15-317 Constructive Logic
Recitation 5: Common Mistakes and Classical Computation

Today in recitation we went over selected solutions to problems from Assignment 2. We highlighted some common mistakes and misconceptions to watch out for:

  • Don't name two parameters the same: if a derivation uses two rules that introduce a parameter, make sure they're different.
  • Don't let parameters escape their scope: closed-scope elims like OrE and ExistsE introduce hypotheses only in certain premises, and they shouldn't leak into the conclusion. (Closed-scope elims sort of turn your proof on its side: instead of deriving downward, you gain a new assumption in a new line of reasoning.)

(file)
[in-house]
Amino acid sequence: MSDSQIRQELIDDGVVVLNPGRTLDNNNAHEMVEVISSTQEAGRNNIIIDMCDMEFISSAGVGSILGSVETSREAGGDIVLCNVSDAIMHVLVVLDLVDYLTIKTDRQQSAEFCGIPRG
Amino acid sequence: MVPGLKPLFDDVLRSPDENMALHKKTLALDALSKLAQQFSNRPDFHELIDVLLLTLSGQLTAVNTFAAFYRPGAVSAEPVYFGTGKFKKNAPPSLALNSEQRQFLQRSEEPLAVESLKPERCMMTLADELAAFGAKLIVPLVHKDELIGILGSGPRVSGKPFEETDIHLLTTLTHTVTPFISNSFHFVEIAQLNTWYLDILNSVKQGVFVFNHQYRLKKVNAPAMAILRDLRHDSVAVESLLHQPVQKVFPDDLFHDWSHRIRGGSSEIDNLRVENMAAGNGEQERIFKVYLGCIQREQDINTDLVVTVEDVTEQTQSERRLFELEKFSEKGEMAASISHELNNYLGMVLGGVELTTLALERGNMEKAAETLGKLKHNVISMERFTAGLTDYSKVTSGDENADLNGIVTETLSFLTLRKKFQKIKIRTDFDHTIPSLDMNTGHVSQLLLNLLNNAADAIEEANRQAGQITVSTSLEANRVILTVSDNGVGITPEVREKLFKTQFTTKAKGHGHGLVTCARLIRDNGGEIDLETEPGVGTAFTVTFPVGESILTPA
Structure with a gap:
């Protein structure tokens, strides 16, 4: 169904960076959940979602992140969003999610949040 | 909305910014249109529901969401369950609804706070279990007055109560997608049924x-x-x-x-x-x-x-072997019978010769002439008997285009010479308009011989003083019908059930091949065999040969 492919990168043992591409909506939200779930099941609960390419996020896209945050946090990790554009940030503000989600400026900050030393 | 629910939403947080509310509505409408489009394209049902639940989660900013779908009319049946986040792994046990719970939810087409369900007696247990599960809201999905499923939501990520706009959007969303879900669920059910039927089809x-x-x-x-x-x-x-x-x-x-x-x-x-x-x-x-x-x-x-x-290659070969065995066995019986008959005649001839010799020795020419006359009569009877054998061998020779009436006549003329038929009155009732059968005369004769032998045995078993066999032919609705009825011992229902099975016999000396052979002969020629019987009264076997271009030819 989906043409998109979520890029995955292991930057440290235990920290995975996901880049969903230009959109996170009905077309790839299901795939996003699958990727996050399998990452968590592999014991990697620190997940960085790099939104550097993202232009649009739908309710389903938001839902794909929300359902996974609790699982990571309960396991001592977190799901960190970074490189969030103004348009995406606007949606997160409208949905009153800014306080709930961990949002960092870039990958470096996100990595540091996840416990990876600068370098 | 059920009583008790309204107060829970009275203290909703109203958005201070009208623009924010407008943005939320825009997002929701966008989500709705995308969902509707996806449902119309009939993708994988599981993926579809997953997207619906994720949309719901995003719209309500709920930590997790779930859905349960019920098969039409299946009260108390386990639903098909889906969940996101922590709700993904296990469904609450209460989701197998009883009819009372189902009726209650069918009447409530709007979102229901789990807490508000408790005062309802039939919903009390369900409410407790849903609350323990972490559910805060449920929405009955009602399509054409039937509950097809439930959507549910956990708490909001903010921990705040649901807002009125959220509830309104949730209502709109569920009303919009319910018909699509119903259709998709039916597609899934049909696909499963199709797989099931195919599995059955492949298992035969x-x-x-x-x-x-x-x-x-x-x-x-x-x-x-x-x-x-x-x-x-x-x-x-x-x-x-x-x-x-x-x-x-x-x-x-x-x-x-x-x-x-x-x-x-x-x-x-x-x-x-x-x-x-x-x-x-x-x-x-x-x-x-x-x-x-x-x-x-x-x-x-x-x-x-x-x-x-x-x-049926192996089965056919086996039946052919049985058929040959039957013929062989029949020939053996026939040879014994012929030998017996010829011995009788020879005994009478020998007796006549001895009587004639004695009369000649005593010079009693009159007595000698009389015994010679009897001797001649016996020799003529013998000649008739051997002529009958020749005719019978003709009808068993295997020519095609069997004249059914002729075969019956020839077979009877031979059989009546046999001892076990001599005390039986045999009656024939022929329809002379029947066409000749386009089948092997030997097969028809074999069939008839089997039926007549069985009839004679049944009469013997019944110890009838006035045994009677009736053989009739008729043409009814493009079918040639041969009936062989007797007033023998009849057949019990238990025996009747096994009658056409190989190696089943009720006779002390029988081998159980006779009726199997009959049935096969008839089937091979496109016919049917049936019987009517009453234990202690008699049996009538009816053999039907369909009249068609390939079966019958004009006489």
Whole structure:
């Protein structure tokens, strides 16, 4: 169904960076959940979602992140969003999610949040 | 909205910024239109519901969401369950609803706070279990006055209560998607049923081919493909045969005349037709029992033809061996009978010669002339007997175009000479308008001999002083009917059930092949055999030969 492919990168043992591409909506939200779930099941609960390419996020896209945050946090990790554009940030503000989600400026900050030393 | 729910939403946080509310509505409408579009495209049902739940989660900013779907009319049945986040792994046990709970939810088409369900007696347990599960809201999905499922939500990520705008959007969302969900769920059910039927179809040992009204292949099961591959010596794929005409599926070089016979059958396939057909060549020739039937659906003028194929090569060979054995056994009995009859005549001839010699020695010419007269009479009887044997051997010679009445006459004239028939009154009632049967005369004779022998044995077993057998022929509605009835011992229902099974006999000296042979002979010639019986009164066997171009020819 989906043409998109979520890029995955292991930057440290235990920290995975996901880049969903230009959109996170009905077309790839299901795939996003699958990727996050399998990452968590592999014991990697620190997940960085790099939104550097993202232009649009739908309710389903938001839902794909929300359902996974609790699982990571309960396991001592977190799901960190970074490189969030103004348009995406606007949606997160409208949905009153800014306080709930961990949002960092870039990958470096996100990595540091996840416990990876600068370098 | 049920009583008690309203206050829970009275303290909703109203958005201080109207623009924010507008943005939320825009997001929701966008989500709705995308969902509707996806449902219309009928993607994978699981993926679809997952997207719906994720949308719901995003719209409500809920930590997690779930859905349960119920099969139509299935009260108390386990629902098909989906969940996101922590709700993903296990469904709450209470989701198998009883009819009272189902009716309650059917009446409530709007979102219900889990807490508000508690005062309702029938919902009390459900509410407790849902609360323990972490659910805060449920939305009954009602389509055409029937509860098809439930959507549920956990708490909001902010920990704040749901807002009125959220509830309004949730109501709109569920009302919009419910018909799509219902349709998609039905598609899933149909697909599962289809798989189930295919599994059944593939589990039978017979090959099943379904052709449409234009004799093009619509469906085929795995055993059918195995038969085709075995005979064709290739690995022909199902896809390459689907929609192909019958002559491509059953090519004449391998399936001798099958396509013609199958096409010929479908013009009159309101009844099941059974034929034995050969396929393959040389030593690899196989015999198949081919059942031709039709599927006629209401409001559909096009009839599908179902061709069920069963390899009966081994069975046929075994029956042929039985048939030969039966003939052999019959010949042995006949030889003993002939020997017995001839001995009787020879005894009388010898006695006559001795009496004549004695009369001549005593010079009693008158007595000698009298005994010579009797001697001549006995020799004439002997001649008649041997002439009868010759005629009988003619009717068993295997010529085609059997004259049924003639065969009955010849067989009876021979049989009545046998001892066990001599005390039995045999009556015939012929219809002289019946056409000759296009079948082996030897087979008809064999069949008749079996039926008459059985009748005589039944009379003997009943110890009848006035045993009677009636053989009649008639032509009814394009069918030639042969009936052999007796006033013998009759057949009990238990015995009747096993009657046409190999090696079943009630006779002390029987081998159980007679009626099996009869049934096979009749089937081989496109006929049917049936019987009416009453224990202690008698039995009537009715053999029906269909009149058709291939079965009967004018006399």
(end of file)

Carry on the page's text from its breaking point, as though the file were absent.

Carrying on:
• Don't confuse terms and parameters. Metavariables like t, s, and r represent general terms with arbitrary structure, while metavariables like a, b, and c represent parameters that can be substituted for. (We sometimes also use x, y, and z to be parameters.)
  • Do make sure metavariables don't overlap. In particular, when showing a local reduction, name all of the subderivations and subterms differently, so as to ensure that the derivation you are reducing is as general as possible.
Check the Homework 2 Solutions for details.

We also talked intuitively about classical computation, going over the multiplication early-exit example from class. Call/cc or let/cc is a primitive that lets you capture the current continuation, or "rest of the program", in such a way that it can be restored later by throw'ing a value to it. That value replaces the entire call/cc expression.


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Frank Pfenning